The Gag Law and reform of the Penal Code were met with criticism from the moment their contents became evident. Leftist parties, much of the press, citizen movements and a lot of voices from the world of culture and law have mentioned their repressive nature. The criticisms spread rapidly worldwide. In April 2014 (more than one year, therefore, before final approval), the international secretariat of Amnesty International had already published a report of almost 100 pages with the significant title “Spain: the right to protest, under threat”. The final recommendations, quite contrary to the new law, urged public authorities to regulate the right to protest in the least restrictive way possible and to introduce mechanisms for transparency and accountability for police forces.
The Spanish Government must not have suspected that the Gag Law would be questioned by the highest levels of international organizations. In February 2015 the United Nations published a report signed by three special representatives of the Organisation, in which it was alleged that the Spanish laws “threatened to violate rights and fundamental freedoms”. However, the headlines declaring that “The United Nations accuses Spain of cutting rights and freedoms” did not seem to exercise any effective pressure on a government dedicated to democratic regression.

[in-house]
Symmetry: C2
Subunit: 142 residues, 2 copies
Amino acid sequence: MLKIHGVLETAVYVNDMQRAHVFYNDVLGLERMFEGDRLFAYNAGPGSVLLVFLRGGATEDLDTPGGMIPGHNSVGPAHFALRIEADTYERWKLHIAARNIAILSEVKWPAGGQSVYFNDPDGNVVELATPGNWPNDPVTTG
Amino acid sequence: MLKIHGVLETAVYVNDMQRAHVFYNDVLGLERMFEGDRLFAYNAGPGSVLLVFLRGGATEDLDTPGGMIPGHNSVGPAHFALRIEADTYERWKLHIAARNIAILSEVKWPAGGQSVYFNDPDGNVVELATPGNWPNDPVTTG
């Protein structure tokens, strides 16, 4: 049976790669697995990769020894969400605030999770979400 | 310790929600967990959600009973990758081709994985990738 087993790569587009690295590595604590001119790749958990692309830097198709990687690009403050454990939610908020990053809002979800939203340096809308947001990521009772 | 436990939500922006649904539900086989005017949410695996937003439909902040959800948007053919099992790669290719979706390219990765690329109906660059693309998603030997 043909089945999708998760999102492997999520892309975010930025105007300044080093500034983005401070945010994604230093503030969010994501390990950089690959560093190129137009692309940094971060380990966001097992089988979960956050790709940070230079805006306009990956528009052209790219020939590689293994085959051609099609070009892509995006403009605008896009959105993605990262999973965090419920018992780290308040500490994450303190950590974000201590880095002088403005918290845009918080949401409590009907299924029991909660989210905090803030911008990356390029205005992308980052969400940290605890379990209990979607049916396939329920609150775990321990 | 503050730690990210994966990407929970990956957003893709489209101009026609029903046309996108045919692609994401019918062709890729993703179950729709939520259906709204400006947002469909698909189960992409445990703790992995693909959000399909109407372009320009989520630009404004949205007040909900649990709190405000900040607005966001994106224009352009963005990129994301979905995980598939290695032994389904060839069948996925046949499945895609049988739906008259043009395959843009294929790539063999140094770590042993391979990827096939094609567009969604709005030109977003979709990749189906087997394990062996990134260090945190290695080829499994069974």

Shortly afterwards, in April, another blow to the international reputation of the Spanish Government appeared, in the form of an editorial in the New York Times. The title of the text is perfectly indicative of its content: “Spain's Ominous Gag Law”, with the final paragraph being the most damaging, i.e., in the comparison with the Franco dictatorship: “Spain's new gag law disturbingly harkens back to the dark days of the Franco regime.” It is well known, however, that for the leaders of the Popular Party accusations of similarities to Franco are not particularly offensive.
Another example of an international echo in relation to the new legislation occurred last August, and referred to a sanction imposed on a citizen in application of the law in force. The news appeared in “Le Monde” and other French media last August, and recounted the news of a citizen of Petrer, a locality of Alicante, receiving a fine of 800 euros for publishing a photograph of a police car parked in a space reserved for disabled people via social networks. Explanations from the police, according to which this was a car responding to an emergency situation, could serve to explain the vehicle's parking but hardly justify the fine. The information was accompanied by a photograph of a young protester with a gag covering their mouth.
In December a general election will be held in Spain which may result in either a new Popular Party Government or a Government of the political forces which brought the Gag Law before the Constitutional Court. Spanish society, and international society, should continue to demand the abolition of these new legal texts. The way in which this issue is resolved will be indicative of whether we are (in Spain, but also in the whole of Europe) in the midst of a historical moment marked by the repression of rights and freedoms, or whether our societies will continue advancing, even with setbacks as significant as this one, towards greater levels of freedom. At the moment, what has happened in Spain constitutes a reversal of years of progress which this society will find difficult to forget.